Worm Breeder's Gazette 8(1): 16
These abstracts should not be cited in bibliographies. Material contained herein should be treated as personal communication and should be cited as such only with the consent of the author.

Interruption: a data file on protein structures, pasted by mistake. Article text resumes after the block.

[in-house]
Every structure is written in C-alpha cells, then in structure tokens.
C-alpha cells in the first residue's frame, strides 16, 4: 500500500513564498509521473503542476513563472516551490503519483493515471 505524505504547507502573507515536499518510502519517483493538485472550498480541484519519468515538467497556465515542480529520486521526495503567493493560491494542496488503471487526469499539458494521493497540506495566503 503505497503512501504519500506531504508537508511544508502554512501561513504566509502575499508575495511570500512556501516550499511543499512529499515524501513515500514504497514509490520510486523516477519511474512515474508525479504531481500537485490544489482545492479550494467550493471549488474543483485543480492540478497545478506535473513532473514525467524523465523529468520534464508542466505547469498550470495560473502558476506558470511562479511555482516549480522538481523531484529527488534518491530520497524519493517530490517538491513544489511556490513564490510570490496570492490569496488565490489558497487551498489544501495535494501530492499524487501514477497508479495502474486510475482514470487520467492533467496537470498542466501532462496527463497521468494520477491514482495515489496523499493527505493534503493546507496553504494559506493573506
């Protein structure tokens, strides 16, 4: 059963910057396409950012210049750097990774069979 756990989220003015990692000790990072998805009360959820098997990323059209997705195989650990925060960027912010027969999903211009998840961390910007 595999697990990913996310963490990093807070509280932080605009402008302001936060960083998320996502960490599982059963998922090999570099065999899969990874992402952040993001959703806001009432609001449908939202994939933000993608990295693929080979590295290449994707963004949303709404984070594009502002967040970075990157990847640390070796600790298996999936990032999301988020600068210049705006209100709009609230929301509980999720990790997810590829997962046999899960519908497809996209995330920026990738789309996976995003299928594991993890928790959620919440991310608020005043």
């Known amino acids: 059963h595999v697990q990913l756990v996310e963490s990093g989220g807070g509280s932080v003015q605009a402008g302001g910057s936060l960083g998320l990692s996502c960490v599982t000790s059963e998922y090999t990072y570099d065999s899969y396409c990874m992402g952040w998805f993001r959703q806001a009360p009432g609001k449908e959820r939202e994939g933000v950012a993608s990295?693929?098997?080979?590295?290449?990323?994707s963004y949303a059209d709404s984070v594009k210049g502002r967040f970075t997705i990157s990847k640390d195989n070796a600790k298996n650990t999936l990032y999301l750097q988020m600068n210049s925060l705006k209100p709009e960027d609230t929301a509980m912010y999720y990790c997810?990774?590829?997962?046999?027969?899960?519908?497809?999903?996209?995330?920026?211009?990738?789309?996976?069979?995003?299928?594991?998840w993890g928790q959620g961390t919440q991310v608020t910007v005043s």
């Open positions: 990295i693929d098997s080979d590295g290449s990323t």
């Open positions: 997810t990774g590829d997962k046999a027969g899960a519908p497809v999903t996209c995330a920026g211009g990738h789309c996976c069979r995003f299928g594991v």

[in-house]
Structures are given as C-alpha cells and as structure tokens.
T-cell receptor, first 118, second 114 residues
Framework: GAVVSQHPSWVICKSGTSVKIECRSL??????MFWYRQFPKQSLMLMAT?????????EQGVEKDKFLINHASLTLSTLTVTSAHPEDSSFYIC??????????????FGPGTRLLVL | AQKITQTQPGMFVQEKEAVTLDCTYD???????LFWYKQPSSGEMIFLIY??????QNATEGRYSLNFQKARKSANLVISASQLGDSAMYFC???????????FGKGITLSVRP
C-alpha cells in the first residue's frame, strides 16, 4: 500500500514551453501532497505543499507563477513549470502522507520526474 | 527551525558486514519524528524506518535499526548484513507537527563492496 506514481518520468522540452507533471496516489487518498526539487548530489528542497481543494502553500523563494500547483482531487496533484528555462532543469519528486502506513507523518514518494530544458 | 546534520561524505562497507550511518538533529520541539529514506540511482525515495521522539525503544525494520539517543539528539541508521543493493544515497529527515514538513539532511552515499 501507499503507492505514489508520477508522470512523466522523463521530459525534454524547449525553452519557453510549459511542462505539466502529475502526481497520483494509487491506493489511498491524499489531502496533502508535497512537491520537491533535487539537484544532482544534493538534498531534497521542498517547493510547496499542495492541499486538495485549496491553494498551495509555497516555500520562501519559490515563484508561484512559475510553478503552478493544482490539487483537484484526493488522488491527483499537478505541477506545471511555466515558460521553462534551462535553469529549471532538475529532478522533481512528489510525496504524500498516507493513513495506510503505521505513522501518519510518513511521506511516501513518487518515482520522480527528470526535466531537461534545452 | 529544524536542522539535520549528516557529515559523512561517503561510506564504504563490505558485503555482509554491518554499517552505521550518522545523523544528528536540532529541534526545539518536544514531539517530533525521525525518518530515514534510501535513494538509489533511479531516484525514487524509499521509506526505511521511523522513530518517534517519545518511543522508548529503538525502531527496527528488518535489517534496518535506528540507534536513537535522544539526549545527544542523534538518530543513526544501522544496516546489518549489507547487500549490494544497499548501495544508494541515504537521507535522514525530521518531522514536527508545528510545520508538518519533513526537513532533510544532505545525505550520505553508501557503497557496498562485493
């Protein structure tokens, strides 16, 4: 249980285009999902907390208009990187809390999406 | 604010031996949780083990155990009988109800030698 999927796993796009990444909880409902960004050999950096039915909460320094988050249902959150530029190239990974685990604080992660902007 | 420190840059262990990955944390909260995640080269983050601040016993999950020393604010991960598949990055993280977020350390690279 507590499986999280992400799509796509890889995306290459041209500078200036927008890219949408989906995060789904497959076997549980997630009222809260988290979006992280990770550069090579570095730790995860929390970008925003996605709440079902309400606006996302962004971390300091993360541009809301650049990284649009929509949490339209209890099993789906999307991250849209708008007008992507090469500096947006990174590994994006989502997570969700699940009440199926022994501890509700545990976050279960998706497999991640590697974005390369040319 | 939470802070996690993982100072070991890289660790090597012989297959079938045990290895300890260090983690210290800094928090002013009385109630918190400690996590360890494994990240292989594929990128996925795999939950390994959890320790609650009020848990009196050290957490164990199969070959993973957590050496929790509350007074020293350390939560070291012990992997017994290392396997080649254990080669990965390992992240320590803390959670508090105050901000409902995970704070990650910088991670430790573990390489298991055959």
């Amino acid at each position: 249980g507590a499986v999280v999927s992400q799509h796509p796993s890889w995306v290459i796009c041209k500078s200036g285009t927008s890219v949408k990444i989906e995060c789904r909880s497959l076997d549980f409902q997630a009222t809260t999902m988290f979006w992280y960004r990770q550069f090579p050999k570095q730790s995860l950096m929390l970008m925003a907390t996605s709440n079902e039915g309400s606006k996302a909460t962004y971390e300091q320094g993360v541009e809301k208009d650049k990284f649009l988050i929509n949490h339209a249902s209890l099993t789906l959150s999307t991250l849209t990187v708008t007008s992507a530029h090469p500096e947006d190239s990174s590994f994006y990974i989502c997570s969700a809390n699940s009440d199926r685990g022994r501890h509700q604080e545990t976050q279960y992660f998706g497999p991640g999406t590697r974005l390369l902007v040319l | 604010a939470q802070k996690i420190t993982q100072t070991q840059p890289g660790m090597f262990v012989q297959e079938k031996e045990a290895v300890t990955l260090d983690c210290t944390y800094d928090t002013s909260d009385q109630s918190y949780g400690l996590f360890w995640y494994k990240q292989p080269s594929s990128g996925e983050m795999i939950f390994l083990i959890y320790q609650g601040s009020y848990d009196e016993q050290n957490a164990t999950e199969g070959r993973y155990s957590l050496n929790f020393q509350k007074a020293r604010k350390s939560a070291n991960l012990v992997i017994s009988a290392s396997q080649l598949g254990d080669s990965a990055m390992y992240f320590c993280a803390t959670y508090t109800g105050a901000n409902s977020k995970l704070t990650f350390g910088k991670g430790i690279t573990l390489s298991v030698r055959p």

It has been shown that vertebrate skeletal muscle cells, which fuse, are post-mitotic before any contractile protein expression is detected. However, heart muscle cells, which do not fuse, are known to undergo one or two rounds of mitosis after the contractile proteins are expressed. In the nematode Caenorhabditis odywall muscle cells do not fuse. However, independent studies of embryonic cell lineages (Sulston et al., pers. comm.) indicate that the muscle lineage cells may have reached their terminal division at or shortly before the stage when muscle specific proteins in these cells are detected immunocytochemically (4.5 hours after the 2-cell stage, Gossett et al., Cell 30:193, 1982). We therefore wanted to know, are these immunoreactive cells, in fact, post-mitotic? The answer to this question was facilitated by the availability of a monoclonal antibody that recognizes only cells in mitosis (Davis et al., PNAS 80:2926, 1983), which are otherwise too small to detect directly. Wild-type embryos were incubated for 4.5 hours at 25 C, placed on ice for 3 hours to arrest cells at mitosis, then squashed, fixed and stained. Some cells which stain for myosin also stain for the mitotic proteins. This indicates that differentiated nematode body-wall muscle cells, like vertebrate heart muscle cells, are not necessarily post-mitotic. Similar results were obtained with the embryonic arrest mutant emb-29 (b262), which arrests in G2 as early as the 150 cell stage at restrictive temperature (Hecht et al., these abstracts). Although cell division is arrested and no apparent endoreplication is observed, the ancestral body-wall precursor cells retain the potential to express myosin in cells capable of resuming mitosis. This expression still begins 4.5 hours beyond the 2-cell stage, which indicates that muscle specific protein expression is timed by events uncoupled from nuclear and cellular division.